• Elective course: consumer insights
  • Elective course: global consumer cultures
  • Course: human-centred design
  • Course: visual cultures
  • Course: lifestyle research

Cultural blindspots, Western perspectives, Euro-centric worldviews… how to adapt trend lectures to a multi-cultural and global audiences?


Buro Zorro, future proof strategy agency, The Netherlands


With trend lectures on a wide range of futures, like Holy F*CK ‘the future of sex’,  founder and futurist Jeanneke Scholtens of Buro Zorro asked to help with identifying any potential cultural blindspots in her trend work. What tools to use to go beyond cultural stereotypes and ensure cultural relevancy in out-of-home markets and for global audiences? We dived right into the matter at her office in the north of The Netherlands. 

Learning how Chinese parents use the Bugaboo stroller, getting to know their journeys and everyday lives to better understand emerging needs and Chinese consumer behaviour for product innovation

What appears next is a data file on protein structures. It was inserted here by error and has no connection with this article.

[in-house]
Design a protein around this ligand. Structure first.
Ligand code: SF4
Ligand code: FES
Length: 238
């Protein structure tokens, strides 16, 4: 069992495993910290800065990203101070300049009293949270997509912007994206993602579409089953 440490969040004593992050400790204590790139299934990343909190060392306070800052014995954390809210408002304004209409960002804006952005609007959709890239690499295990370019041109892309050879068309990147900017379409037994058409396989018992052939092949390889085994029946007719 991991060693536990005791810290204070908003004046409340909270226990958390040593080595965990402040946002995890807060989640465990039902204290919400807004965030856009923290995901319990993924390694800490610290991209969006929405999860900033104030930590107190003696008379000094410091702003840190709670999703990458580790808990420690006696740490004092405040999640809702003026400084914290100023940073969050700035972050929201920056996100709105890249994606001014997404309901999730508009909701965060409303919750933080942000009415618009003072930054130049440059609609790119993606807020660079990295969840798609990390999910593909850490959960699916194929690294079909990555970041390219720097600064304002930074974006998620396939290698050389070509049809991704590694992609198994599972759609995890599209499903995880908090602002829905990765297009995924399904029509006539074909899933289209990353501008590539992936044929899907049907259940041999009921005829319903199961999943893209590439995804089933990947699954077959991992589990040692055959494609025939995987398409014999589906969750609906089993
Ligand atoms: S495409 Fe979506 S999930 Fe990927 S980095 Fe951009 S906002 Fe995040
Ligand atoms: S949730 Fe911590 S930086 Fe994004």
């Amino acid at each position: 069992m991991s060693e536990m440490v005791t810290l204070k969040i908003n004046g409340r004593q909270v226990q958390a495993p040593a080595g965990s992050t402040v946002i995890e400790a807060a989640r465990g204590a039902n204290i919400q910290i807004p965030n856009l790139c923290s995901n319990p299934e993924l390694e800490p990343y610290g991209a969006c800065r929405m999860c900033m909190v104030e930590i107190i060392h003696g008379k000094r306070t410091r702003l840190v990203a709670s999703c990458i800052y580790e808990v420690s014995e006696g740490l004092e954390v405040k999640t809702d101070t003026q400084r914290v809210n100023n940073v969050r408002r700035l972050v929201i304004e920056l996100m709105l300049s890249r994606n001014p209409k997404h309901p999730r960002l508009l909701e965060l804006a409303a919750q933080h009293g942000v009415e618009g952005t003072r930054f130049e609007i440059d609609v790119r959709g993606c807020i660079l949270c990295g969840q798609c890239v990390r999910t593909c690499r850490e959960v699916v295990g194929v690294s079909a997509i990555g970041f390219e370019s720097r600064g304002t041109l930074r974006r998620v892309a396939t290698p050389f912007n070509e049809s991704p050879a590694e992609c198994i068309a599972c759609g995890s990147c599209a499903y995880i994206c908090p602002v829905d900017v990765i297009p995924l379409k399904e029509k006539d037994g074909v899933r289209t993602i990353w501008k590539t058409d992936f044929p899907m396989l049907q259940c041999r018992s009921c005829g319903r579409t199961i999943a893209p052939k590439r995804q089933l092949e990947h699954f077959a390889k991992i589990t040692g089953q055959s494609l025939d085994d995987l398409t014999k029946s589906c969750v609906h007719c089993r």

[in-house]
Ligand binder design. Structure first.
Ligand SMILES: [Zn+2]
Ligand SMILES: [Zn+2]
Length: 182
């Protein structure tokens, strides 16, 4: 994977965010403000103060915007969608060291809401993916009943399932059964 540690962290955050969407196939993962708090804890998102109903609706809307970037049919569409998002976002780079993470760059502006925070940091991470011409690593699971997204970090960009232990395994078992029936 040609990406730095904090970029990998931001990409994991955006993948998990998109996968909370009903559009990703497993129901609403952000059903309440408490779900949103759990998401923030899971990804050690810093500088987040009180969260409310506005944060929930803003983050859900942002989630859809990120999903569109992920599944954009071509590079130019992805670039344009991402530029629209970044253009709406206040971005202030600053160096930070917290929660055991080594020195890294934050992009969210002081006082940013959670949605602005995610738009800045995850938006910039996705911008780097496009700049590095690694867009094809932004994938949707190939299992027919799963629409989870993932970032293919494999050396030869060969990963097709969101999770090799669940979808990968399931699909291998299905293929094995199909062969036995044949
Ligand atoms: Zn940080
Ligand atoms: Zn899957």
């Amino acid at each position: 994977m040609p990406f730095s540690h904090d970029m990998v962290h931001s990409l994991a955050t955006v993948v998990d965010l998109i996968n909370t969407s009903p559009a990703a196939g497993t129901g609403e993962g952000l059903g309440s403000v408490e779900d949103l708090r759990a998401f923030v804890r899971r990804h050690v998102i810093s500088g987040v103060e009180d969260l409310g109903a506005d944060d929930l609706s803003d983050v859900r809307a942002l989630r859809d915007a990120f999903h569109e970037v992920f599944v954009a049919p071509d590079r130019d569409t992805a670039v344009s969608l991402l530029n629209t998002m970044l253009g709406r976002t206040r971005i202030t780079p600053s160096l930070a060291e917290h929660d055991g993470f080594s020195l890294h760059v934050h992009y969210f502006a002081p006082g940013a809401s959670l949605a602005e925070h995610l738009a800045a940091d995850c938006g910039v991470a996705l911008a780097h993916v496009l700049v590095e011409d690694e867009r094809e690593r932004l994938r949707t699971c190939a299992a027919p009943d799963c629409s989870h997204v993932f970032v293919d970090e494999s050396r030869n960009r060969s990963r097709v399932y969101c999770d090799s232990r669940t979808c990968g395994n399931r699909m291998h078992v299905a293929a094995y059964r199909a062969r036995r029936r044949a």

Bugaboo HQ Amsterdam, The Netherlands


Facilitating ideation sessions with the insight and product development teams of Bugaboo’s headquarter in Amsterdam. Generating a broad set of opportunities based upon UX research conducted in Shanghai to identify ways to adapt strollers to the Chinese consumer audience. Making the stroller more suitable to daily usages and travel in Chinese in- and outdoor living areas, aesthetic preferences and emerging needs.